With the help of academic integrity researchers, forensic linguists, and machine learning experts, Turnitin is developing a solution to counter the threat contract cheating poses to institutions’ values.
(1 February 2018) One in three college instructors report that their students have submitted papers written by someone else. However, instructors feel they lack the evidence and resources to take action. This survey conducted by Turnitin—a company at the forefront of academic integrity solutions for 20 years—supports the growing concern in academia that custom writing services are increasing the prevalence of “contract cheating” and diminishing the value of higher education.
“Contract cheating,” sometimes known as ghostwriting, is the practice of students engaging a third-party individual or service to complete their written assessments. Today, Turnitin announced a partnership with leading educational institutions to take action against contract cheating. With the help of academic integrity researchers, forensic linguists, and machine learning experts, Turnitin is developing a solution to counter the threat contract cheating poses to institutions’ values.
Turnitin’s upcoming solution, Authorship Investigation—available in the second half of 2018—will support institutions in identifying and investigating potential contract cheating incidences. The new capability will use a combination of machine learning algorithms and forensic linguistic best practices to detect major differences in students’ writing style between papers. The following institutions have joined forces with Turnitin to advise the development process: Deakin University, Griffith University, University of California San Diego, University of New South Wales, University of Northampton, University of Queensland, and University of Wollongong.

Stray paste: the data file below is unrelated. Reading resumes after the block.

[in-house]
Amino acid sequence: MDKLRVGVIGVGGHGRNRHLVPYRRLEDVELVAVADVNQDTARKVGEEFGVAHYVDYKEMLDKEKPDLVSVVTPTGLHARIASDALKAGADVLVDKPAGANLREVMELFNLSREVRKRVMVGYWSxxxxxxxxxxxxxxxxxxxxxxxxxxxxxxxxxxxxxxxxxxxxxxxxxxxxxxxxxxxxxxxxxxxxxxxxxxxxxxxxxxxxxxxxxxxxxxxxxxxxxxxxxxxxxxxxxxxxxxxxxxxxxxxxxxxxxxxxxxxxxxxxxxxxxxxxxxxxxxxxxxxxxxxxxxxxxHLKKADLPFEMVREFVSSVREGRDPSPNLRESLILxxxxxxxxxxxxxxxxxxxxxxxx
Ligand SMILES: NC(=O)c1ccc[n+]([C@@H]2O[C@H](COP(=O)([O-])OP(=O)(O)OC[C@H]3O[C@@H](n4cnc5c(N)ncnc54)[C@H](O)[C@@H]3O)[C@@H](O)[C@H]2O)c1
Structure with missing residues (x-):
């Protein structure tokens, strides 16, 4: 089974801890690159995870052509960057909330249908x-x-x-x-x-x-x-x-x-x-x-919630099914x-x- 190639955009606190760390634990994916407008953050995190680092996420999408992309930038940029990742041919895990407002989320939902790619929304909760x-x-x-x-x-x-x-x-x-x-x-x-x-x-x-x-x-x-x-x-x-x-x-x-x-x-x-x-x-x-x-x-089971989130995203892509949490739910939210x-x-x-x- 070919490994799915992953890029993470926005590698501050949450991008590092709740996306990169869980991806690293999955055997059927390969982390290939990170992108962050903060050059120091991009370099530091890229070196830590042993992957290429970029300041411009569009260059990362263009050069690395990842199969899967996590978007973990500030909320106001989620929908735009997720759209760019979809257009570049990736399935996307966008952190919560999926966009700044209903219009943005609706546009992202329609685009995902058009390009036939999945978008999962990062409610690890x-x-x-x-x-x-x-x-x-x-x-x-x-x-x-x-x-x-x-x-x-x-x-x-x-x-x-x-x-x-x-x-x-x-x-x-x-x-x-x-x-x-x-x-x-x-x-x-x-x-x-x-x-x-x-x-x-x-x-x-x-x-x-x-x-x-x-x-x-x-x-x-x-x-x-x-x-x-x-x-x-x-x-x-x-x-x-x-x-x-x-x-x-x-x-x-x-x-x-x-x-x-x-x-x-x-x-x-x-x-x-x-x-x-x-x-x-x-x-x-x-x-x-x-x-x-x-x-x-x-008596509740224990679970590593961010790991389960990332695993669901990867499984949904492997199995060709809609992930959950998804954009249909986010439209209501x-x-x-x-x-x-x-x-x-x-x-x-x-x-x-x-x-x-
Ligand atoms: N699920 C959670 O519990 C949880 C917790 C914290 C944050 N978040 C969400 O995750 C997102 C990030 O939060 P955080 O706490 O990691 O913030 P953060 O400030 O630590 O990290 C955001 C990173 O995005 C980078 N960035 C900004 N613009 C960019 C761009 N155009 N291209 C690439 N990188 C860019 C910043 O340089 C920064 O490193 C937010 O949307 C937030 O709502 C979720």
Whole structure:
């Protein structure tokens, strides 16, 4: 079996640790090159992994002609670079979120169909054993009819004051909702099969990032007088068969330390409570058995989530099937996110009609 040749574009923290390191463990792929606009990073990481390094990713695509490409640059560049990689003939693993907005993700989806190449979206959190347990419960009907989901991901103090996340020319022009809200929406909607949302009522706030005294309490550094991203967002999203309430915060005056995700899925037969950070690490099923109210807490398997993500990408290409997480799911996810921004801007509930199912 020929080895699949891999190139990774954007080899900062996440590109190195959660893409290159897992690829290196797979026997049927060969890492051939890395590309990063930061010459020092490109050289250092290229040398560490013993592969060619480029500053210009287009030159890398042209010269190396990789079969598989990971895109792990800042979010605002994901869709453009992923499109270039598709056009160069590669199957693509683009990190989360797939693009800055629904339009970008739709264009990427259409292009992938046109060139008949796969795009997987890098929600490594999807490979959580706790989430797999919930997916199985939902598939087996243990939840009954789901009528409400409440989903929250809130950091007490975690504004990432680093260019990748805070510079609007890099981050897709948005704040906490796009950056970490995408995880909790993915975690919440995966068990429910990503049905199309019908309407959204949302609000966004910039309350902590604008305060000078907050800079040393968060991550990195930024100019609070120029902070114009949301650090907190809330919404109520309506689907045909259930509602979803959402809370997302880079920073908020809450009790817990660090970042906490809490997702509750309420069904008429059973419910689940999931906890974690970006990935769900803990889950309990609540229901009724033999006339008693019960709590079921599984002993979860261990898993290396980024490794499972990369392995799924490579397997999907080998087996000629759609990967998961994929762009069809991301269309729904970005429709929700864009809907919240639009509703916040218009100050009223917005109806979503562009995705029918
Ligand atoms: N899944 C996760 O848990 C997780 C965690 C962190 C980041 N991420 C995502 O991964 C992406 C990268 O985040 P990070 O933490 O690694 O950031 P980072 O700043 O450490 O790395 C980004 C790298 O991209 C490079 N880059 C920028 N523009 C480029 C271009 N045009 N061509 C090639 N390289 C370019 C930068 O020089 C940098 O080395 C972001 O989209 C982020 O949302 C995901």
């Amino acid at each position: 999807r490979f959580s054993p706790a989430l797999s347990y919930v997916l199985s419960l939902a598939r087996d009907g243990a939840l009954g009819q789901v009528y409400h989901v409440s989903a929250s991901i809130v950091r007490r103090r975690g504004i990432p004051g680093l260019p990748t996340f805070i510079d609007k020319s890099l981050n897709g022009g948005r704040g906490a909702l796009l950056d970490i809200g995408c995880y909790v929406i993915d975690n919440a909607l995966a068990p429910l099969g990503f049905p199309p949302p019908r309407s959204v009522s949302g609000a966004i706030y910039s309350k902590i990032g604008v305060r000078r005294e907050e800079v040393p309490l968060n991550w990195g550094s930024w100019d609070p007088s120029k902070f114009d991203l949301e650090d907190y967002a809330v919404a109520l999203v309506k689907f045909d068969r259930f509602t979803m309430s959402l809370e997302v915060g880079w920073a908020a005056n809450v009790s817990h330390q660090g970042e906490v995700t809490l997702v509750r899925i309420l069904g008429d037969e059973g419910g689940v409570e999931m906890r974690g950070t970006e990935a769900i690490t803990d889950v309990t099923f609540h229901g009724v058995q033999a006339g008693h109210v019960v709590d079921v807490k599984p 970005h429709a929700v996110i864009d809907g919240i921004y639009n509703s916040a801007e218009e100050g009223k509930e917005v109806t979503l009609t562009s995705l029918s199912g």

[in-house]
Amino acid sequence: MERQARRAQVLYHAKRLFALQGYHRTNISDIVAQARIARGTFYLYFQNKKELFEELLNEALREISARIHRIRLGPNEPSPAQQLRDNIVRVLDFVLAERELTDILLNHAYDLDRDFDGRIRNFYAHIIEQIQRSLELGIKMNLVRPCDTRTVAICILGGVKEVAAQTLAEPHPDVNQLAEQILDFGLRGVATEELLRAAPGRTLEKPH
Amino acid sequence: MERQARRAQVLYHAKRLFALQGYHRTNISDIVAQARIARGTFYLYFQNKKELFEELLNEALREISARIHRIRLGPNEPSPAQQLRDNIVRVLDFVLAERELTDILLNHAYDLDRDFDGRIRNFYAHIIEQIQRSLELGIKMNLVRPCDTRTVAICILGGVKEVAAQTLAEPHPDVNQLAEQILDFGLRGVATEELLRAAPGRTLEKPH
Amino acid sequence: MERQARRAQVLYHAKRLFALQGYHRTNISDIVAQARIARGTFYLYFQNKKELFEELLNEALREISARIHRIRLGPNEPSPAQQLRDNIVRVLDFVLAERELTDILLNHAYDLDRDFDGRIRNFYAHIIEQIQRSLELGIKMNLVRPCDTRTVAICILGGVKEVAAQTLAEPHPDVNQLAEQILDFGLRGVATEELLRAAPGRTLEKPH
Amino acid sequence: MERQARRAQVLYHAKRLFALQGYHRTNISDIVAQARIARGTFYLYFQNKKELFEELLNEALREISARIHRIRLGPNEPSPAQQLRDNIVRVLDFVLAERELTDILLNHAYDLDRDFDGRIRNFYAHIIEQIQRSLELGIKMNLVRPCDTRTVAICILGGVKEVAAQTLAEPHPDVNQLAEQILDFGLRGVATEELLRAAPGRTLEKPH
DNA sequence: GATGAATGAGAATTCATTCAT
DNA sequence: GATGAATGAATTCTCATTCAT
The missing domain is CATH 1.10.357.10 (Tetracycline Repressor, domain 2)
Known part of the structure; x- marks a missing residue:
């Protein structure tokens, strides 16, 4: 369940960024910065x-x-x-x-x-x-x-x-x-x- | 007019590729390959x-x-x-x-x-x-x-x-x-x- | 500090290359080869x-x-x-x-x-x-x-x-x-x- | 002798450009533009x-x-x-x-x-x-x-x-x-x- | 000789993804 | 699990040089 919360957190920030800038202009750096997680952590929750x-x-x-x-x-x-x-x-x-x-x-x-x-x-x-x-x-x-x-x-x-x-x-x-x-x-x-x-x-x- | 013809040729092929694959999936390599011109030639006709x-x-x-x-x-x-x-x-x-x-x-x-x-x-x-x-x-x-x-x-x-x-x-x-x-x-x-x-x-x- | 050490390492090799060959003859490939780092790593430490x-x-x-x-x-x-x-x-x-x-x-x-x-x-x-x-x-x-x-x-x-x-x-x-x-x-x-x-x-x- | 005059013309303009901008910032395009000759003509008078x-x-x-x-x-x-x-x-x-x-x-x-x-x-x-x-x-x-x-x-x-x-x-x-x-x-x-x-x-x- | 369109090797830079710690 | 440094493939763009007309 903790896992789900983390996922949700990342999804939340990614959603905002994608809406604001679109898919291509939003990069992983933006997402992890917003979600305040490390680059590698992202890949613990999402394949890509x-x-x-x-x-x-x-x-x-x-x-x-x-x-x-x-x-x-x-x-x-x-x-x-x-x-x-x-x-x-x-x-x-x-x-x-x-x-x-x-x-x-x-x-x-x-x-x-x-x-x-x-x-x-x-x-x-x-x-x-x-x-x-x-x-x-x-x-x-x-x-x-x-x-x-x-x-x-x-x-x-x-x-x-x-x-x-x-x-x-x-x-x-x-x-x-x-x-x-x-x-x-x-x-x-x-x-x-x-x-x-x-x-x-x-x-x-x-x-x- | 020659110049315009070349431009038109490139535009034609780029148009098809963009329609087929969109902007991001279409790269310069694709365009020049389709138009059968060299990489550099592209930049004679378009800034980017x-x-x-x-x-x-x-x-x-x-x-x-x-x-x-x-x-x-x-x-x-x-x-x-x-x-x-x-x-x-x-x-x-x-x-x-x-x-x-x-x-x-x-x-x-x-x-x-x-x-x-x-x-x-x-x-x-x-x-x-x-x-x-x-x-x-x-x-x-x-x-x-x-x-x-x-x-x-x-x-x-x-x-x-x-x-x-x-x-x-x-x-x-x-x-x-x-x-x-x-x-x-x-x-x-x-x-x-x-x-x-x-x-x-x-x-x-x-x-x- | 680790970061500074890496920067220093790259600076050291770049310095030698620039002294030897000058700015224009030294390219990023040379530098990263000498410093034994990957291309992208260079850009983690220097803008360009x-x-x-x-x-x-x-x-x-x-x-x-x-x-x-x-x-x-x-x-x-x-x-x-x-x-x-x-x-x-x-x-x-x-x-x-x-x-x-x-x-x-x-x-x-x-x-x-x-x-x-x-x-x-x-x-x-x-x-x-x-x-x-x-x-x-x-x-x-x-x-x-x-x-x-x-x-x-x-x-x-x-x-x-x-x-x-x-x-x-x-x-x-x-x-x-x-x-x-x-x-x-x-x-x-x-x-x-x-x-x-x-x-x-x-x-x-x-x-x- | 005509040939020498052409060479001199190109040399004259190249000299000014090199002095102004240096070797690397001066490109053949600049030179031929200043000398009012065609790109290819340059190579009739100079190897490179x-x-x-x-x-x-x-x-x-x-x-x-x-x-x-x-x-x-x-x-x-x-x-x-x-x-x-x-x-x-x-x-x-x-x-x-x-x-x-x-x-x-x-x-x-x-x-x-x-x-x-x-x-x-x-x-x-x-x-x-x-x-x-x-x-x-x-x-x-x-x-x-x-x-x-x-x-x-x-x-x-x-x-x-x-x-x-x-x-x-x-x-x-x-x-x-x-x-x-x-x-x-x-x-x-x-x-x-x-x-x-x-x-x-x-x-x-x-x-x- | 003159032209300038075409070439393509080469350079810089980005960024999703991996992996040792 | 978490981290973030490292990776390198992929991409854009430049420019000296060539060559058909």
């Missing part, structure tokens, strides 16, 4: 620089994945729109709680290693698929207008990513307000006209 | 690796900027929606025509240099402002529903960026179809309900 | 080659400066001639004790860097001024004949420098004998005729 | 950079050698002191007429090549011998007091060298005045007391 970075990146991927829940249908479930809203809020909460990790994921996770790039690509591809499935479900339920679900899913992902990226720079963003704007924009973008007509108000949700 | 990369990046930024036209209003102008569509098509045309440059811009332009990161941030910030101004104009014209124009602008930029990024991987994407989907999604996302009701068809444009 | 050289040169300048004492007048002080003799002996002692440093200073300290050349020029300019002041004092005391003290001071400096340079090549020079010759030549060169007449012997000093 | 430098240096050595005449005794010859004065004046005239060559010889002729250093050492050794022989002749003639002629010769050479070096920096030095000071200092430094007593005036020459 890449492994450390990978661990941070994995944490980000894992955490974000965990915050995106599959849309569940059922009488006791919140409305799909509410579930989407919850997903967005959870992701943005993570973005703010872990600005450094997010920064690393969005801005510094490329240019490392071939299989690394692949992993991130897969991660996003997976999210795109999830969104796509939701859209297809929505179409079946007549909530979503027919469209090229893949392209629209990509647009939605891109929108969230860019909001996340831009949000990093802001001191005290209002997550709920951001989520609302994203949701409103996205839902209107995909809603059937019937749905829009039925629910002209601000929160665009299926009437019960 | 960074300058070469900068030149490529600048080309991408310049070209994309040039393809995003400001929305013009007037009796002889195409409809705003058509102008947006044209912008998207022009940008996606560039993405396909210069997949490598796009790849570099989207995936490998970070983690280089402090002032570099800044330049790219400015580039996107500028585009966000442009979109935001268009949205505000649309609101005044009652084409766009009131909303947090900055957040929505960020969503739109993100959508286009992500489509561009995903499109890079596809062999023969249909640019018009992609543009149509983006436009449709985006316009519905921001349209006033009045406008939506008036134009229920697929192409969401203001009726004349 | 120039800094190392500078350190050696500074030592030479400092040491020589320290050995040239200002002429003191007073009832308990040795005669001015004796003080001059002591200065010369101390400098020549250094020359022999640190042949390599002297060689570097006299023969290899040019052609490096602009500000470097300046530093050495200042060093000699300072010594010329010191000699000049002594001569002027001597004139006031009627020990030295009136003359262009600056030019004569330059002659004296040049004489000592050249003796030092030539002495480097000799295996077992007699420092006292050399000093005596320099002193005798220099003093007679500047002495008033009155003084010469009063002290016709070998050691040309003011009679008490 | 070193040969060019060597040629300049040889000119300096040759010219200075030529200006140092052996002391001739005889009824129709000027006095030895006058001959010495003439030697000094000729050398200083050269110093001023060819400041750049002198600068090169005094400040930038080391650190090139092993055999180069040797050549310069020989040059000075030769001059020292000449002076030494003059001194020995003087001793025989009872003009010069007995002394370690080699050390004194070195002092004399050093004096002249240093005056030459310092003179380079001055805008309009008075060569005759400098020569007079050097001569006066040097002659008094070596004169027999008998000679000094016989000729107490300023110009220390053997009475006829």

“Academic integrity is at the foundation of the educational enterprise and contract cheating poses a serious threat to that foundation,” said Tricia Bertram Gallant, UC San Diego’s Director of Academic Integrity. “Ultimately paying attention to pedagogy and assessment design is the best method for preventing contract cheating, but when it happens regardless it would be useful to have a tool to help identify it.”
“Educational institutions around the world stand united in our commitment to academic integrity. We must constantly adapt and adjust our approach to it in the face of new challenges as they emerge such as contract cheating,” said Cath Ellis, Associate Dean (Education) in the Faculty of Arts and Social Sciences, UNSW. “A new industry is servicing a demand for assessment work to be completed to order for students so it goes unnoticed by existing detection tools. Something that enables institutions to identify when this is happening in a way that is both efficient and effective is going to be a big step forward.”
“Turnitin prides itself on being a leader in academic integrity tools. We’ve addressed copy-paste plagiarism, student collusion, and research misconduct,” said Turnitin CEO Chris Caren. “Taking on emerging threats to academic integrity like contract cheating is a natural extension of our mission. As forms of academic misconduct evolve, so must Turnitin’s offerings. We believe in the value of higher education, and we see our forthcoming solution as playing an essential role in protecting the degrees institutions confer.”
Learn more about the problem of contract cheating and Turnitin’s upcoming solution here.
The announcement is here.